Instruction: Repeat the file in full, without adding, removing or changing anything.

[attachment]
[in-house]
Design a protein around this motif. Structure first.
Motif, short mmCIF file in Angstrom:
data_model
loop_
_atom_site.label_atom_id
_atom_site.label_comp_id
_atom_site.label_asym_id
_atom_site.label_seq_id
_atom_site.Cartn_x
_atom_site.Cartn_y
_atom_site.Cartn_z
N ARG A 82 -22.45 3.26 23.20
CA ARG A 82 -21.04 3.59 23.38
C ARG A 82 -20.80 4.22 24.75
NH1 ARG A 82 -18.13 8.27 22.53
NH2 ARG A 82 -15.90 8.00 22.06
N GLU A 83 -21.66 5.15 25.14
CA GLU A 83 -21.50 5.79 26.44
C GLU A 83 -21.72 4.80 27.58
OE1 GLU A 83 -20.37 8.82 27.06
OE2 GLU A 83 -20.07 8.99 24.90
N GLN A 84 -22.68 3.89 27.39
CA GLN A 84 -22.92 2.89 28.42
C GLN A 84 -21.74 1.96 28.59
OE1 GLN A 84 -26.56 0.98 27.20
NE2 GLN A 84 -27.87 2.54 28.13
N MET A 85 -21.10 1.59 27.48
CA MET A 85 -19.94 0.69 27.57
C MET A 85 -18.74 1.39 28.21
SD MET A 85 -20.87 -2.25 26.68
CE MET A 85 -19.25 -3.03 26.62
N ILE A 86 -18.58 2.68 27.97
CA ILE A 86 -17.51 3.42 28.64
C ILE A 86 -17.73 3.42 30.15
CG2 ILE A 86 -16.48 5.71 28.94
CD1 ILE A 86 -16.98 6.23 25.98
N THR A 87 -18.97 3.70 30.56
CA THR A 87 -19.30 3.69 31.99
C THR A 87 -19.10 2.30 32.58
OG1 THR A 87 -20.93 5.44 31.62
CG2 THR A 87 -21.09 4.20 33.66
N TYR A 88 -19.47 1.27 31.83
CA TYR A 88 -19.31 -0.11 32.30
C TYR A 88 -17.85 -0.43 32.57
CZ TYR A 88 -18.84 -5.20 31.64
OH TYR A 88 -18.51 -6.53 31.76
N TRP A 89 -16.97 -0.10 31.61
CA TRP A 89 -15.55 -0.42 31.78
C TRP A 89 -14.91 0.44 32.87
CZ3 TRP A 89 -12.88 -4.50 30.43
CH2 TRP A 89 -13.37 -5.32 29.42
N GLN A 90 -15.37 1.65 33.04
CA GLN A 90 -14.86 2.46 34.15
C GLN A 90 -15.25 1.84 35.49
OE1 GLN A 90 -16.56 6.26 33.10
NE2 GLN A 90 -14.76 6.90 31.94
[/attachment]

[in-house]
Design a protein around this motif. Structure first.
Motif, short mmCIF file in Angstrom:
data_model
loop_
_atom_site.label_atom_id
_atom_site.label_comp_id
_atom_site.label_asym_id
_atom_site.label_seq_id
_atom_site.Cartn_x
_atom_site.Cartn_y
_atom_site.Cartn_z
N ARG A 82 -22.45 3.26 23.20
CA ARG A 82 -21.04 3.59 23.38
C ARG A 82 -20.80 4.22 24.75
NH1 ARG A 82 -18.13 8.27 22.53
NH2 ARG A 82 -15.90 8.00 22.06
N GLU A 83 -21.66 5.15 25.14
CA GLU A 83 -21.50 5.79 26.44
C GLU A 83 -21.72 4.80 27.58
OE1 GLU A 83 -20.37 8.82 27.06
OE2 GLU A 83 -20.07 8.99 24.90
N GLN A 84 -22.68 3.89 27.39
CA GLN A 84 -22.92 2.89 28.42
C GLN A 84 -21.74 1.96 28.59
OE1 GLN A 84 -26.56 0.98 27.20
NE2 GLN A 84 -27.87 2.54 28.13
N MET A 85 -21.10 1.59 27.48
CA MET A 85 -19.94 0.69 27.57
C MET A 85 -18.74 1.39 28.21
SD MET A 85 -20.87 -2.25 26.68
CE MET A 85 -19.25 -3.03 26.62
N ILE A 86 -18.58 2.68 27.97
CA ILE A 86 -17.51 3.42 28.64
C ILE A 86 -17.73 3.42 30.15
CG2 ILE A 86 -16.48 5.71 28.94
CD1 ILE A 86 -16.98 6.23 25.98
N THR A 87 -18.97 3.70 30.56
CA THR A 87 -19.30 3.69 31.99
C THR A 87 -19.10 2.30 32.58
OG1 THR A 87 -20.93 5.44 31.62
CG2 THR A 87 -21.09 4.20 33.66
N TYR A 88 -19.47 1.27 31.83
CA TYR A 88 -19.31 -0.11 32.30
C TYR A 88 -17.85 -0.43 32.57
CZ TYR A 88 -18.84 -5.20 31.64
OH TYR A 88 -18.51 -6.53 31.76
N TRP A 89 -16.97 -0.10 31.61
CA TRP A 89 -15.55 -0.42 31.78
C TRP A 89 -14.91 0.44 32.87
CZ3 TRP A 89 -12.88 -4.50 30.43
CH2 TRP A 89 -13.37 -5.32 29.42
N GLN A 90 -15.37 1.65 33.04
CA GLN A 90 -14.86 2.46 34.15
C GLN A 90 -15.25 1.84 35.49
OE1 GLN A 90 -16.56 6.26 33.10
NE2 GLN A 90 -14.76 6.90 31.94